The peer pressure has gone up a notch.
Even my friend who has 5 kids and is running around delivering babies and doing pre- and post- natal home visits has surged way ahead of me in the word-count department. Another friend with a toddler and a baby is right on target for the month.
I have no excuses.
The Teen leaves the house at 7 a.m. and Little isn't up until at least 8:30. And he doesn't want to do much until at least 9. What do I normally do for those two hours?
A whole lot of nothing, that's what. I could spend that time writing.
The good news is that I've been thinking about my story a lot more throughout the course of my day. There's a lot of survival-type stuff in it, so every-day things we take for granted have to be thought out carefully - and there are reminders everywhere. I get in the shower and think about how difficult it would be to stay clean without running water or electricity. I feel the heat in my car as I'm driving and think about how my characters might find ways to stay warm when winter hits. I see the windmill across the street and wonder if I can work some alternative power source into my story and what my characters might use it for. I feed the compost bin and think about the garden in my story.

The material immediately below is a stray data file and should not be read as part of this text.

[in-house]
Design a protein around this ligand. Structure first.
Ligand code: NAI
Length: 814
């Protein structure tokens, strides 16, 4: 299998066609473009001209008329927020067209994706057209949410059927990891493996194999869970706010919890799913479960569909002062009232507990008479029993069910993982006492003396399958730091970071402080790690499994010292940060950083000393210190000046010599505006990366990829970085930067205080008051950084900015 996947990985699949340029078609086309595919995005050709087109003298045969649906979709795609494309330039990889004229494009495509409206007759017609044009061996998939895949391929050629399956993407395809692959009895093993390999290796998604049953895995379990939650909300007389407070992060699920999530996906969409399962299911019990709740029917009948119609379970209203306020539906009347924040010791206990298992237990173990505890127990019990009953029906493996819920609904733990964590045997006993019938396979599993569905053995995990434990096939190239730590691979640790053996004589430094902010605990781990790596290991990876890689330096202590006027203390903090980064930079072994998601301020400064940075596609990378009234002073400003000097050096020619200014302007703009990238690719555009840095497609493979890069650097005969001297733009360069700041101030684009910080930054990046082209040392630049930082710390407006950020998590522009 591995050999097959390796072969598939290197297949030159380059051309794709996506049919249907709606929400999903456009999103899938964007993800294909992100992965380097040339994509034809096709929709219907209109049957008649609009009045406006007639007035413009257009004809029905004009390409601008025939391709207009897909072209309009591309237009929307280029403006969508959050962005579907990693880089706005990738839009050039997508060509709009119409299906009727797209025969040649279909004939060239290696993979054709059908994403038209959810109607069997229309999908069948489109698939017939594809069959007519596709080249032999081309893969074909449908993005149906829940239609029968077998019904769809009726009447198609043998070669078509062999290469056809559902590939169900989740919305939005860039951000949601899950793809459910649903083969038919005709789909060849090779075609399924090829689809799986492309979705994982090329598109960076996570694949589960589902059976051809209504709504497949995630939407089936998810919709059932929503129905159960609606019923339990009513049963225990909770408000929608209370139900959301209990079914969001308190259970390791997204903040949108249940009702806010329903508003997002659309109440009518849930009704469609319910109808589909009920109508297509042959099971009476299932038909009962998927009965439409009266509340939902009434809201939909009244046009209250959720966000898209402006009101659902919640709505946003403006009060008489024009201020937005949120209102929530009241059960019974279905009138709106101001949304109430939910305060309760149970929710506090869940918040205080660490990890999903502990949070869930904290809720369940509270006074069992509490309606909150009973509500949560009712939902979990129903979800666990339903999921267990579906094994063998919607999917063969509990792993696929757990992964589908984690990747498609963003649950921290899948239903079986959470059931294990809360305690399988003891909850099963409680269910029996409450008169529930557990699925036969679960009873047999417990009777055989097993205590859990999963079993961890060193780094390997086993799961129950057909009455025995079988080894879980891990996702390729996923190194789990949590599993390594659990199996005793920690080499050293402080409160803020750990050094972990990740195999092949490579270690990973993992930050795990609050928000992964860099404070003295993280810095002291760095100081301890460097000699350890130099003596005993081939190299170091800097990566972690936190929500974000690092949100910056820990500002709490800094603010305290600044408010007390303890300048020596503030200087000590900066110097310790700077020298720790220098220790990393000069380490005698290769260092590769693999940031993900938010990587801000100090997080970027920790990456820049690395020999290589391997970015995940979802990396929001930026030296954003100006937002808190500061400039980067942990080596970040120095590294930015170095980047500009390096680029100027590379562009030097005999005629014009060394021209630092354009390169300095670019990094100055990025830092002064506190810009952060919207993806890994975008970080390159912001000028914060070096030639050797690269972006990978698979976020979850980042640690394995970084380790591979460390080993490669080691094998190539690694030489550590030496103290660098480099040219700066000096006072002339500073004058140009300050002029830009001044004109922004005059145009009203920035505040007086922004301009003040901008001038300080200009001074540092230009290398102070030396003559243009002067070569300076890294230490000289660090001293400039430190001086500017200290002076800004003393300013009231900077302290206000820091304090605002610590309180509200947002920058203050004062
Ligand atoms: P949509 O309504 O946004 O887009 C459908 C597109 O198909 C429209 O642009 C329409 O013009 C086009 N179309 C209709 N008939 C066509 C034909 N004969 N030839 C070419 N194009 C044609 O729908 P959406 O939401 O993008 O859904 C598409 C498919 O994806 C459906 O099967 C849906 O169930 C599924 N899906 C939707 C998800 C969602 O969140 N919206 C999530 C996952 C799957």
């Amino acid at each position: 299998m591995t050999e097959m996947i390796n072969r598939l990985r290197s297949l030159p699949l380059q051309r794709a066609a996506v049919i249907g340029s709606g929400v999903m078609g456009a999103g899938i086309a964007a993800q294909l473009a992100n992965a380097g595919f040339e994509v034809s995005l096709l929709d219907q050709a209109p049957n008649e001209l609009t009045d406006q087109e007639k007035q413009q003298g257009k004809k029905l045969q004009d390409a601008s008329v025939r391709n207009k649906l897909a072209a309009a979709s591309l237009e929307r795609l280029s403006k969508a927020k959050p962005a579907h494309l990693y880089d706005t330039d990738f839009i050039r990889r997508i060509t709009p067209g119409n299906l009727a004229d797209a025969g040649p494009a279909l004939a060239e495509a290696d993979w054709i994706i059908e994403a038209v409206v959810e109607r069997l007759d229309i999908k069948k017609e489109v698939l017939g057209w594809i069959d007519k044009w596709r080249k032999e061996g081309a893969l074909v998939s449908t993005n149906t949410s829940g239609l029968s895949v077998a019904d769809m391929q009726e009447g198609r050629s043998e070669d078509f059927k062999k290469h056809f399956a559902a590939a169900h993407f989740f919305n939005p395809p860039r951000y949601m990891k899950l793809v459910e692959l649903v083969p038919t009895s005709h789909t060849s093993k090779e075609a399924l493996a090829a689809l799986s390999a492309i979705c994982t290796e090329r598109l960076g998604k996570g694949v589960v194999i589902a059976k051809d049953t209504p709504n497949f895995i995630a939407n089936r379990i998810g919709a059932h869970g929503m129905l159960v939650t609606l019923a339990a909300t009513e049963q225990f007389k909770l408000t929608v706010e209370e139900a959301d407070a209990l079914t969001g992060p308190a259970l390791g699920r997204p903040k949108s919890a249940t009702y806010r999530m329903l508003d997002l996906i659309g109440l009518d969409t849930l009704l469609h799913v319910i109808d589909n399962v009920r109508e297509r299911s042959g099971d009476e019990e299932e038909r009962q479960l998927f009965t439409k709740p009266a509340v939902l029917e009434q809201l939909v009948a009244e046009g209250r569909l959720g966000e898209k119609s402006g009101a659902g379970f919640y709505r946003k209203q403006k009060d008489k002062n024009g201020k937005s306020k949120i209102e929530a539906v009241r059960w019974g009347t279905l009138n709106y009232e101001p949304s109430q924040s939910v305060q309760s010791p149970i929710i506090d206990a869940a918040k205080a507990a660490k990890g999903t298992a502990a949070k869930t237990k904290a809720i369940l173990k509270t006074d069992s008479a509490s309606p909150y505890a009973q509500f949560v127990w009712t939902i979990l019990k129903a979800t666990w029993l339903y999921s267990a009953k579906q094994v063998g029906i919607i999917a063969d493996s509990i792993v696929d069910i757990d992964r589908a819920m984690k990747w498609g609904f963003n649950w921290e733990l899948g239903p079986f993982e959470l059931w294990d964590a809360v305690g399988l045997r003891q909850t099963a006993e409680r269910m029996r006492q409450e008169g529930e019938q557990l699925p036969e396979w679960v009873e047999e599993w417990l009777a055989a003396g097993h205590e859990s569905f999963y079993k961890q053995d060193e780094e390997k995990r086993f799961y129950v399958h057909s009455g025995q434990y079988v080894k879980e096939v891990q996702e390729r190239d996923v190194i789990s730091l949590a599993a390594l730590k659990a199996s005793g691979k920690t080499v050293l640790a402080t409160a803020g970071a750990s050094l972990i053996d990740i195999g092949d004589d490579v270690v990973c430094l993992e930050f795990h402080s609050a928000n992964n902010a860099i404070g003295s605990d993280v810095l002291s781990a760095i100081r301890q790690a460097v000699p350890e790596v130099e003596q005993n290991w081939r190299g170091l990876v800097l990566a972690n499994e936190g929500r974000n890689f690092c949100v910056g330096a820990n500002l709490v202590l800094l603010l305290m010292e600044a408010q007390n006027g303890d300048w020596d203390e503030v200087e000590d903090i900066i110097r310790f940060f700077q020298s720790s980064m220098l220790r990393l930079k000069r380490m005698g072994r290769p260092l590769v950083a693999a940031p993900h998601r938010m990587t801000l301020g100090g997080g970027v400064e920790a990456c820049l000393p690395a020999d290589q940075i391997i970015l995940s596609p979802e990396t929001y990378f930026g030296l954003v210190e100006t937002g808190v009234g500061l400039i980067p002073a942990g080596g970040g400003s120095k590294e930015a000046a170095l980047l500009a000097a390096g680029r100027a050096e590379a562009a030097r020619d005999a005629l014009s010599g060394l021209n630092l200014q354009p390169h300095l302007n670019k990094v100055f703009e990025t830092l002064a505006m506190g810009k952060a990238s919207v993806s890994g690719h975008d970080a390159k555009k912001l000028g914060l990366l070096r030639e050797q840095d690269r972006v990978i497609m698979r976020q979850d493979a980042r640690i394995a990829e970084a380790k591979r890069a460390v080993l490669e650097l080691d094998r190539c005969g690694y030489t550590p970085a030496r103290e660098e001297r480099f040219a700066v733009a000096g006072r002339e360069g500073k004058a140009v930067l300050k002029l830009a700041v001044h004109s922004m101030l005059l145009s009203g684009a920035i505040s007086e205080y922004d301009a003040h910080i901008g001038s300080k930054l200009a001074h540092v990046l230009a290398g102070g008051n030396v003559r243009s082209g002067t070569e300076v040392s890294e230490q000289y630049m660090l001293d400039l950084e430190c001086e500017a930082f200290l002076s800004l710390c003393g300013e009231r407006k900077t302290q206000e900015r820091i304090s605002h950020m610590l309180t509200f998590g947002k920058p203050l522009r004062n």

So I am having less difficulty with the problem of not having the attention span - or maybe just not being in the habit of - thinking and daydreaming about my story. A lot of pieces of it have now come together in my head. Sitting down and actually writing them are the challenge for this week.
And this week, it will be a challenge, as I am working part-time for 6 of the next 9 days.
It's exciting and fun drifting in and out of my imaginary world, though. I don't really mind that the project is not likely to be finished any time soon.